Man granted second trial in 2011 suspected DWI crash that killed biker

Juan de Dios Cordova

SANTA FE, N.M. (KRQE) A Rio Arriba County man has been granted a new trial for charges stemming from a 2011 crash in which he’s accused of drunkenly killing a motorcyclist with his truck.

On Memorial Day 2011, motorcyclist Mark Wolfe was with a group of biker friends when the deadly crash happened. Rio Arriba County Sheriff’s deputies, at the time, said Juan de Dios Cordova was to blame.

The truck involved was found abandoned close to the crash scene, but Cordova was found in his home by RACSO deputies who say he was drunk.

In 2013, Cordova was convicted and sentenced for the aggravated DWI, vehicular homicide and other crimes, given 29 years behind bars.

But now, he’s getting a second chance to argue his case before a jury.

“Jury selection will be February 14, 2017 at 8:30 a.m. at the Rio Arriba County Courthouse,” a court official announced in Santa Fe District Court Wednesday.

Last summer, a court of appeals agreed with Cordova when he argued his fourth amendment rights were violated the night he was arrested because the deputies let themselves into his home without legal justification.

The State Supreme Court has since upheld the Court of Appeals ruling. Cordova, while now considered innocent until proven guilty of his initial charges, has been in custody on a $100,000 cash-only bond. But on Wednesday, when his new trial date was set, the judge lowered that bond to $25,000.

“It’s like being back at the beginning of this all over again,” Debby Hill, Wolfe’s Widow, said. “People shouldn’t go through what we’ve been through…it’s just unjust.”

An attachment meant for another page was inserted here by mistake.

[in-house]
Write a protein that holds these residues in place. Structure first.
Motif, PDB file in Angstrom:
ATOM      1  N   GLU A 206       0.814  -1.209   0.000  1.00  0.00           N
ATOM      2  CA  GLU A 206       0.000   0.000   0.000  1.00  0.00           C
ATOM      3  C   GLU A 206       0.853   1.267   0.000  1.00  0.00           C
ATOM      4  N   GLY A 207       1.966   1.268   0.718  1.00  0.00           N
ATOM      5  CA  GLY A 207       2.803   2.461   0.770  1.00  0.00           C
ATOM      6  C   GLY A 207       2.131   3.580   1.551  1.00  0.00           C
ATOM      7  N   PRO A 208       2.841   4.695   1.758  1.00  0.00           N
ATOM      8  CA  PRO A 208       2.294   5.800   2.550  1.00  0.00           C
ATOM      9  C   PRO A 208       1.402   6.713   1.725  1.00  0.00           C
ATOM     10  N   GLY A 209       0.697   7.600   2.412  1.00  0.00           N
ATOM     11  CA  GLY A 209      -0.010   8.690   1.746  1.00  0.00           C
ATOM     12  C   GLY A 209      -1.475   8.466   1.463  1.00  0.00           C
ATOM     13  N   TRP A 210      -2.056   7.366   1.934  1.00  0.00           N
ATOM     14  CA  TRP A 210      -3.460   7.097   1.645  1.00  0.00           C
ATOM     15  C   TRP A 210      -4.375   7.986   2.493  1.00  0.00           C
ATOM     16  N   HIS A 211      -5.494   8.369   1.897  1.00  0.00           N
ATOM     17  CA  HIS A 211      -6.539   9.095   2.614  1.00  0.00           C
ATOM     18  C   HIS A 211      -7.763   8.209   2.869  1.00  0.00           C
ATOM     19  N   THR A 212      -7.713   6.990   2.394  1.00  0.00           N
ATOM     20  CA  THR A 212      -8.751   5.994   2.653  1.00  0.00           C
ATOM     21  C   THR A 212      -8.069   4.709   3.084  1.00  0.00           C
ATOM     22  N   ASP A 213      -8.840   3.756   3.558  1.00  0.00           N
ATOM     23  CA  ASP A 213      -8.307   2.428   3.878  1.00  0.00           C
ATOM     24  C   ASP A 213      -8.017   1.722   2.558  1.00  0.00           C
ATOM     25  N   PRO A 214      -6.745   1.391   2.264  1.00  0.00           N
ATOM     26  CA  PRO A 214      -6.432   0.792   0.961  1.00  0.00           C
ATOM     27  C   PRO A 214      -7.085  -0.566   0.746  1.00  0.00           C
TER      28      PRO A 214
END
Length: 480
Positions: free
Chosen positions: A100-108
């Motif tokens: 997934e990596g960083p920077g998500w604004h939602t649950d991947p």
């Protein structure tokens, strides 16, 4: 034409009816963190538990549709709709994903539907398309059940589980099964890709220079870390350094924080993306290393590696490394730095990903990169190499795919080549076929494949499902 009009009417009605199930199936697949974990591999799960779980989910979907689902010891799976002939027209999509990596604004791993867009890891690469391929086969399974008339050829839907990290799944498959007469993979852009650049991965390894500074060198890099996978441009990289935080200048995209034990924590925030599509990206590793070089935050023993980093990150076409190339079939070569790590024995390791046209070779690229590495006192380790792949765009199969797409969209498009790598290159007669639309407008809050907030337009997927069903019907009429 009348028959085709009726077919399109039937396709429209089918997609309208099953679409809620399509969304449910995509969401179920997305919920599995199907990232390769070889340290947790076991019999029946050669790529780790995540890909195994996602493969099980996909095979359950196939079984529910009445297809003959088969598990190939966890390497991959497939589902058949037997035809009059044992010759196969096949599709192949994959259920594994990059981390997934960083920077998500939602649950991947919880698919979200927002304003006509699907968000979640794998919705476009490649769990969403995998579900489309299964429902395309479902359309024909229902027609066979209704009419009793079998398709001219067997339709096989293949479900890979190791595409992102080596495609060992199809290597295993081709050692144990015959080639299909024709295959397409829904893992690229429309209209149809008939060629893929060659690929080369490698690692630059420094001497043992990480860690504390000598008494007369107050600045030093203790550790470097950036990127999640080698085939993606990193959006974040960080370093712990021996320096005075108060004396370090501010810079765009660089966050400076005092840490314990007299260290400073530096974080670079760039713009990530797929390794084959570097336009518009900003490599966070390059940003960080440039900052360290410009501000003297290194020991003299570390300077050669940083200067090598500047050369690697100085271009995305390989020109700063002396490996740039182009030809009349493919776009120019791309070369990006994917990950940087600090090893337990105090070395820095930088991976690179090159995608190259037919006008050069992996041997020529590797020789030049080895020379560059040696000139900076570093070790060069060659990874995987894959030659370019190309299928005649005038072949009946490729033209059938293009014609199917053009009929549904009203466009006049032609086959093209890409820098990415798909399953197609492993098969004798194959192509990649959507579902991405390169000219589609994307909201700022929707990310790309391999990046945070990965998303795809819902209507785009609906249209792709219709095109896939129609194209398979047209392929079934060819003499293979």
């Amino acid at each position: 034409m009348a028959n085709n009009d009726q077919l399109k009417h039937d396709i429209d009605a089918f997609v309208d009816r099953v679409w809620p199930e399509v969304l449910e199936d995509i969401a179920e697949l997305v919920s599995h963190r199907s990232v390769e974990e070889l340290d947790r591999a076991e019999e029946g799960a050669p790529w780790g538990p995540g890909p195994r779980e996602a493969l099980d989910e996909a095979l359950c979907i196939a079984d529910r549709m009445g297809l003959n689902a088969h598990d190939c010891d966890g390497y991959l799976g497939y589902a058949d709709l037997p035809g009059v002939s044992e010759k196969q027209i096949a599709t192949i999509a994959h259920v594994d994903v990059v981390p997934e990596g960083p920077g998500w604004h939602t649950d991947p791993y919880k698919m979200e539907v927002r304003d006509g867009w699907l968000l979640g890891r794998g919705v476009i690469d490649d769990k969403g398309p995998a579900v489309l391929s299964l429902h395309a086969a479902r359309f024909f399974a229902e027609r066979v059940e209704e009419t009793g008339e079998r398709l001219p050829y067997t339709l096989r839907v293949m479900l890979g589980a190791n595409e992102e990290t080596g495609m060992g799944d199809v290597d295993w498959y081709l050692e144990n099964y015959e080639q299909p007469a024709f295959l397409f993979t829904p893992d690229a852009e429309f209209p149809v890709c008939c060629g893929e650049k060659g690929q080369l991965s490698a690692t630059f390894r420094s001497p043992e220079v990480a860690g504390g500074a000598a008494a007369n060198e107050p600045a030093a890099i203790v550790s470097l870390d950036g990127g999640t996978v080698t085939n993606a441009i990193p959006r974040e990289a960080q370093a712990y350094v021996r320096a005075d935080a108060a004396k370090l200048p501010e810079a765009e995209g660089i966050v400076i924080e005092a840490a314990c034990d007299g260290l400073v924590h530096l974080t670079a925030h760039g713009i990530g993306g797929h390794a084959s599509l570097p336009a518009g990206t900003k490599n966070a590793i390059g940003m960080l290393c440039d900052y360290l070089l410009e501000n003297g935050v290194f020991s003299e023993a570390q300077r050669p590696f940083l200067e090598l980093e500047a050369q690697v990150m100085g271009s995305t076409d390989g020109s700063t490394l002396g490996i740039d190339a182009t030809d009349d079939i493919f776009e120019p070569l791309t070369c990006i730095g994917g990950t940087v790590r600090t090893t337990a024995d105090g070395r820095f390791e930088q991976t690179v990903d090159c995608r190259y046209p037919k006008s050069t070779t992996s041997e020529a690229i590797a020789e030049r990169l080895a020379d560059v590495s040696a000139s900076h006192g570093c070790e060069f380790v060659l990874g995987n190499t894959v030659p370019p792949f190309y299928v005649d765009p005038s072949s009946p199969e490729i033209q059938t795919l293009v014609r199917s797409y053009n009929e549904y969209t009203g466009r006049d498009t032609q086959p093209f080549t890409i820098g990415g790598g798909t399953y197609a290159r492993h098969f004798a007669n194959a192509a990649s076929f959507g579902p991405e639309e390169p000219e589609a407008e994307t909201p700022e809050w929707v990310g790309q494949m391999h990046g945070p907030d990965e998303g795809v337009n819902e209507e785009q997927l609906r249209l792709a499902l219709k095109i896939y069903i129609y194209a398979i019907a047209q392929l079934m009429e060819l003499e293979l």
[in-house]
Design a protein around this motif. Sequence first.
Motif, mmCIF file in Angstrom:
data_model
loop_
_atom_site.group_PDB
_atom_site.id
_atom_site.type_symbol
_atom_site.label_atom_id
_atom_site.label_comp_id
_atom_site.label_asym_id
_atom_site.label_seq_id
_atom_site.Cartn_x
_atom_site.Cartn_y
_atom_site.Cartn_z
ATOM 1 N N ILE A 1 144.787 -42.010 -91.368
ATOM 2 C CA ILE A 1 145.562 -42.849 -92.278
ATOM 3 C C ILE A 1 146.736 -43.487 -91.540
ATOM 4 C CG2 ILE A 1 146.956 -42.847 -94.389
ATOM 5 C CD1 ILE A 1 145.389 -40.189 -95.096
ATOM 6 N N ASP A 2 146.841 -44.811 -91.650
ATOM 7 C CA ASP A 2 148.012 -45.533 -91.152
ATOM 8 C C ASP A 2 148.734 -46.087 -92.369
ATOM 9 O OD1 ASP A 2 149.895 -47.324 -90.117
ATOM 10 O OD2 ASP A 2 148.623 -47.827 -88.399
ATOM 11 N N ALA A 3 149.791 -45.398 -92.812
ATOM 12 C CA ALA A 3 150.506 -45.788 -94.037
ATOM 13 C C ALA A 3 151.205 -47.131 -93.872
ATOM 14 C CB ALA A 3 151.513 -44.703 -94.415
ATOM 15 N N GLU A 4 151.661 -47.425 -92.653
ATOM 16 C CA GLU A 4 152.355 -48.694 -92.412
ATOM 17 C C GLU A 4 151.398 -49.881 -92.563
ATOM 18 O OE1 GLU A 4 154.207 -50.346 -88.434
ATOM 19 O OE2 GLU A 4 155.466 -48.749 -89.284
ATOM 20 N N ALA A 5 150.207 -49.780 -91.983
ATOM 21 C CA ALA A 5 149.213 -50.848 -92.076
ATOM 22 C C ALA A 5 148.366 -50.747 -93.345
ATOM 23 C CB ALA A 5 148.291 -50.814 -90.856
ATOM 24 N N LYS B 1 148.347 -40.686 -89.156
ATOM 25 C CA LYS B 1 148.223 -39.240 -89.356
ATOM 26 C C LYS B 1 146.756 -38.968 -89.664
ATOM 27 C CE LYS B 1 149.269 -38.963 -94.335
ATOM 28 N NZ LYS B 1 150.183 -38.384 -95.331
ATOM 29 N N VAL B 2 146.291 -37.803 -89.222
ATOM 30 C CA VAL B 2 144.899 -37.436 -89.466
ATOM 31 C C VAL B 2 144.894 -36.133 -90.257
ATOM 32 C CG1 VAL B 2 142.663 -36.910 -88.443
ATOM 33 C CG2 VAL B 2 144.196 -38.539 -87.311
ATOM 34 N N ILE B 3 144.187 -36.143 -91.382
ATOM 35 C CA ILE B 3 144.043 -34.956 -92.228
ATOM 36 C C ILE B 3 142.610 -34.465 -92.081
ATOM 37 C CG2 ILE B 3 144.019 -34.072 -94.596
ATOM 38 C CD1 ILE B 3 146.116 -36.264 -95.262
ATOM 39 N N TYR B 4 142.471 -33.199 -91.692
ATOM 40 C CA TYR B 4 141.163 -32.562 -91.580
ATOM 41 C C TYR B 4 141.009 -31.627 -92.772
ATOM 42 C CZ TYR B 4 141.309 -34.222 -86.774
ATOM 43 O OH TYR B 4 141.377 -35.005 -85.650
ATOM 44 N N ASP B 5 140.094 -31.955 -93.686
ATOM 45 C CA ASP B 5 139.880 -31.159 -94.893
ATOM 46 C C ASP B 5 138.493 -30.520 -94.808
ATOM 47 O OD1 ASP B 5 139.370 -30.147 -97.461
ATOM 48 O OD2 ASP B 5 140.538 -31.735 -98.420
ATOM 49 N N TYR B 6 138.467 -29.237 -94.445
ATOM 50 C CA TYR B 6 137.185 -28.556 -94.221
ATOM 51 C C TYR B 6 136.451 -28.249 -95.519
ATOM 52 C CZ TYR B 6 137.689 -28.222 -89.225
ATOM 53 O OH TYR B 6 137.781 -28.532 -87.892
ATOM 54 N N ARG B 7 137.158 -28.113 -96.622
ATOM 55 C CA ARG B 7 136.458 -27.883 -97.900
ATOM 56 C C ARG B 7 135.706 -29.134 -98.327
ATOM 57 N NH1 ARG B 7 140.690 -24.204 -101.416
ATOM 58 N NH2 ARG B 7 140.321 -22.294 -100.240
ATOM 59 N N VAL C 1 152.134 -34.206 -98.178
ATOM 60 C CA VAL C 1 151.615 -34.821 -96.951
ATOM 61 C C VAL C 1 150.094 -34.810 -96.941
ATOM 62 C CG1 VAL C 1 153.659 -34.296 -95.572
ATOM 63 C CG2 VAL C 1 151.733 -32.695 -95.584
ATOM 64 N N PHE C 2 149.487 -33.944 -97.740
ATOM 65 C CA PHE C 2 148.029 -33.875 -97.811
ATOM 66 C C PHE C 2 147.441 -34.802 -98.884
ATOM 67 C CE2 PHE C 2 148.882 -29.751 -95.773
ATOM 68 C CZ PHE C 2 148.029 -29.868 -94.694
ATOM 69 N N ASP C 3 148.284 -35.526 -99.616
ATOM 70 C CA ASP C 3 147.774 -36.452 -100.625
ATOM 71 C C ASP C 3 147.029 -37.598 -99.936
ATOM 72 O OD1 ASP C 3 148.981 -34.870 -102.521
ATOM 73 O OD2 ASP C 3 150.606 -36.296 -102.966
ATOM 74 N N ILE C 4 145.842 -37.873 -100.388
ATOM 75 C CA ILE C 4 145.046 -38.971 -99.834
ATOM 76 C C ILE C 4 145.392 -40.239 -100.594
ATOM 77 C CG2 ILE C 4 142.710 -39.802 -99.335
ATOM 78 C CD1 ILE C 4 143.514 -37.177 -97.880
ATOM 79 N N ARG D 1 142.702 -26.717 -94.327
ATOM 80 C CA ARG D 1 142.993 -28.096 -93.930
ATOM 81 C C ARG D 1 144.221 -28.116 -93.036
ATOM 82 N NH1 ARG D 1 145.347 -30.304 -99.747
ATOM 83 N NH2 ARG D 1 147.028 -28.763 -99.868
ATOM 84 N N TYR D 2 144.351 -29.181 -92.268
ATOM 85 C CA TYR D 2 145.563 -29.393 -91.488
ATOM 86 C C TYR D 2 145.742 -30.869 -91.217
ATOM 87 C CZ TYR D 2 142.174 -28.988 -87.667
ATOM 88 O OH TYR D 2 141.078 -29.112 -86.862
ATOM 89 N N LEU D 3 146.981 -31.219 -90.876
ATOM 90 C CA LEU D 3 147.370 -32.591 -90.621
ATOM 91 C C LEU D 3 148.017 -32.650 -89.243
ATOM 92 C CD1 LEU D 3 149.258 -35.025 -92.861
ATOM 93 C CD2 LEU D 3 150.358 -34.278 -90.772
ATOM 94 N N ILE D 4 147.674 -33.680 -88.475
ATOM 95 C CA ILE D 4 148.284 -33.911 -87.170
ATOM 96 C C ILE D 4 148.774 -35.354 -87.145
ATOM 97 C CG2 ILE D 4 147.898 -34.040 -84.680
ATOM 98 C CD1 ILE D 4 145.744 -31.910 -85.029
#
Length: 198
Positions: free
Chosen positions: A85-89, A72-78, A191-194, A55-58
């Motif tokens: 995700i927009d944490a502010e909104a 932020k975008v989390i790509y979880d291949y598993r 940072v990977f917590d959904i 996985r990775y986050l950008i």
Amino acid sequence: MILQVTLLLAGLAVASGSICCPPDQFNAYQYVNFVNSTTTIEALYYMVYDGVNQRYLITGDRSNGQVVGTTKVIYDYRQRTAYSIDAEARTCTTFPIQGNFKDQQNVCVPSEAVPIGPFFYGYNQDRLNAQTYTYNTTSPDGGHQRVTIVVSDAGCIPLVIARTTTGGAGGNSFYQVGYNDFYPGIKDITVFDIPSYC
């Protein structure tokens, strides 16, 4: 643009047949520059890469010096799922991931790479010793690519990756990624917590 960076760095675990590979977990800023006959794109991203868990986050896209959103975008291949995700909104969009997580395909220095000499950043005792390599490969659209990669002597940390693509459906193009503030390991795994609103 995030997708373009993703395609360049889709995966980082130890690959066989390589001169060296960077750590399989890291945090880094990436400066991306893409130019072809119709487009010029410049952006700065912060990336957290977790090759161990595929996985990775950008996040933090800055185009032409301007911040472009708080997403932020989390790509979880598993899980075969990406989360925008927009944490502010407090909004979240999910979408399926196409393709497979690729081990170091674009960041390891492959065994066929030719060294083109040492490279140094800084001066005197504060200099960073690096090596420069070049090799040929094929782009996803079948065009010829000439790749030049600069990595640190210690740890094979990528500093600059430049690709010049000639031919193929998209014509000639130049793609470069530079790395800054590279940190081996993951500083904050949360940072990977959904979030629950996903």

The entire case has been extremely controversial from the start. Less than a year after the crash, State Police conducted an outside investigation and determined RACSO deputies botched the case when they allowed the truck involved in the deadly crash to be destroyed by a tow company. Evidence from inside, like DNA that could or couldn’t place Cordova as the driver was gone.

There were also issues with how long it took to draw Cordova’s blood after he was arrested, as well as confusion about who wrote the initial police report. Notably, Cordova is the brother of a former RACSO Sheriff.

Hill was visibly upset in court to hear Cordova’s bond lowered, and told KRQE News 13 she is hopeful that he won’t be able to put up the money to bond out. She says she considers him a threat to New Mexicans.

Judge Mary Marlowe Sommers called Cordova a danger to the public. She said if he bonds out, he will be on house arrest and has to wear a monitor that tracks his alcohol consumption. provides commenting to allow for constructive discussion on the stories we cover. In order to comment here, you acknowledge you have read and agreed to our Terms of Service. Users who violate these terms, including use of vulgar language or racial slurs, will be banned. Please be respectful of the opinions of others. If you see an inappropriate comment, please flag it for our moderators to review.

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